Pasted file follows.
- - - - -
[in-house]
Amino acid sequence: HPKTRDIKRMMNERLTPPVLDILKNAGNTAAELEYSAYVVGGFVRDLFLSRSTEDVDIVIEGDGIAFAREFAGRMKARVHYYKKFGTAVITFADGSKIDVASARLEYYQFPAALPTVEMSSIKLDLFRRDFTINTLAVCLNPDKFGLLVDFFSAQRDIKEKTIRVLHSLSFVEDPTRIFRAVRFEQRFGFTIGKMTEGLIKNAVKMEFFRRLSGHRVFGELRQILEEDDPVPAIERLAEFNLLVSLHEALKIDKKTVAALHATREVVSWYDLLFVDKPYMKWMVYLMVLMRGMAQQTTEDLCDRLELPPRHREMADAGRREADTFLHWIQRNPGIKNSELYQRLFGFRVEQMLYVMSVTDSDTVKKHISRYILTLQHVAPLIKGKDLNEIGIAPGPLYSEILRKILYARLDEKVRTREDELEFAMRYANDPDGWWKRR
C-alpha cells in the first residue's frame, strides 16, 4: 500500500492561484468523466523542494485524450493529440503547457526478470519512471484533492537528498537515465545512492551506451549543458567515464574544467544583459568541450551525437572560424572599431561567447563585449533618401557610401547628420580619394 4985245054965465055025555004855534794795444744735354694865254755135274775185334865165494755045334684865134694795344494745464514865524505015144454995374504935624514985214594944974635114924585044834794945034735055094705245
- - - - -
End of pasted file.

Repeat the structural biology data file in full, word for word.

[in-house]
Amino acid sequence: HPKTRDIKRMMNERLTPPVLDILKNAGNTAAELEYSAYVVGGFVRDLFLSRSTEDVDIVIEGDGIAFAREFAGRMKARVHYYKKFGTAVITFADGSKIDVASARLEYYQFPAALPTVEMSSIKLDLFRRDFTINTLAVCLNPDKFGLLVDFFSAQRDIKEKTIRVLHSLSFVEDPTRIFRAVRFEQRFGFTIGKMTEGLIKNAVKMEFFRRLSGHRVFGELRQILEEDDPVPAIERLAEFNLLVSLHEALKIDKKTVAALHATREVVSWYDLLFVDKPYMKWMVYLMVLMRGMAQQTTEDLCDRLELPPRHREMADAGRREADTFLHWIQRNPGIKNSELYQRLFGFRVEQMLYVMSVTDSDTVKKHISRYILTLQHVAPLIKGKDLNEIGIAPGPLYSEILRKILYARLDEKVRTREDELEFAMRYANDPDGWWKRR
C-alpha cells in the first residue's frame, strides 16, 4: 500500500492561484468523466523542494485524450493529440503547457526478470519512471484533492537528498537515465545512492551506451549543458567515464574544467544583459568541450551525437572560424572599431561567447563585449533618401557610401547628420580619394 4985245054965465055025555004855534794795444744735354694865254755135274775185334865165494755045334684865134694795344494745464514865524505015144454995374504935624514985214594944974635114924585044834794945034735055094705245